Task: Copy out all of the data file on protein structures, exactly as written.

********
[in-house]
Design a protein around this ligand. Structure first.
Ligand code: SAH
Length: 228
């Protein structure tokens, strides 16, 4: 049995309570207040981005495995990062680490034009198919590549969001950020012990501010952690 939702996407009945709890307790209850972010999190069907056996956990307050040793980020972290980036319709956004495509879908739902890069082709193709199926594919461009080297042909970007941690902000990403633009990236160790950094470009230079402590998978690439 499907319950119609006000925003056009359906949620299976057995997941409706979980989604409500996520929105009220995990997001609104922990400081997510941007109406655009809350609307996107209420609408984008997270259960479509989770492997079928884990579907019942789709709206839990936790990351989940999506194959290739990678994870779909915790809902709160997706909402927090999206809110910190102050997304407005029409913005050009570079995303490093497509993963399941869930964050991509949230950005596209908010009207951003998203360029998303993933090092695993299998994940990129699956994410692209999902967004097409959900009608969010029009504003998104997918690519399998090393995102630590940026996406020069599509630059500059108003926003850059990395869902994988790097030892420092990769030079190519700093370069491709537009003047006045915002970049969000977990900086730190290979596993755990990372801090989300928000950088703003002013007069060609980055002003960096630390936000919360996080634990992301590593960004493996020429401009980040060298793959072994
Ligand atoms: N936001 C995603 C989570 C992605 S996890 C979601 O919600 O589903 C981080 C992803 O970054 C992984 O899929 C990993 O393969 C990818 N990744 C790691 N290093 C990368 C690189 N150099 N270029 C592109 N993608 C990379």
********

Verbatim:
[in-house]
Design a protein around this ligand. Structure first.
Ligand code: SAH
Length: 228
């Protein structure tokens, strides 16, 4: 049995309570207040981005495995990062680490034009198919590549969001950020012990501010952690 939702996407009945709890307790209850972010999190069907056996956990307050040793980020972290980036319709956004495509879908739902890069082709193709199926594919461009080297042909970007941690902000990403633009990236160790950094470009230079402590998978690439 499907319950119609006000925003056009359906949620299976057995997941409706979980989604409500996520929105009220995990997001609104922990400081997510941007109406655009809350609307996107209420609408984008997270259960479509989770492997079928884990579907019942789709709206839990936790990351989940999506194959290739990678994870779909915790809902709160997706909402927090999206809110910190102050997304407005029409913005050009570079995303490093497509993963399941869930964050991509949230950005596209908010009207951003998203360029998303993933090092695993299998994940990129699956994410692209999902967004097409959900009608969010029009504003998104997918690519399998090393995102630590940026996406020069599509630059500059108003926003850059990395869902994988790097030892420092990769030079190519700093370069491709537009003047006045915002970049969000977990900086730190290979596993755990990372801090989300928000950088703003002013007069060609980055002003960096630390936000919360996080634990992301590593960004493996020429401009980040060298793959072994
Ligand atoms: N936001 C995603 C989570 C992605 S996890 C979601 O919600 O589903 C981080 C992803 O970054 C992984 O899929 C990993 O393969 C990818 N990744 C790691 N290093 C990368 C690189 N150099 N270029 C592109 N993608 C990379």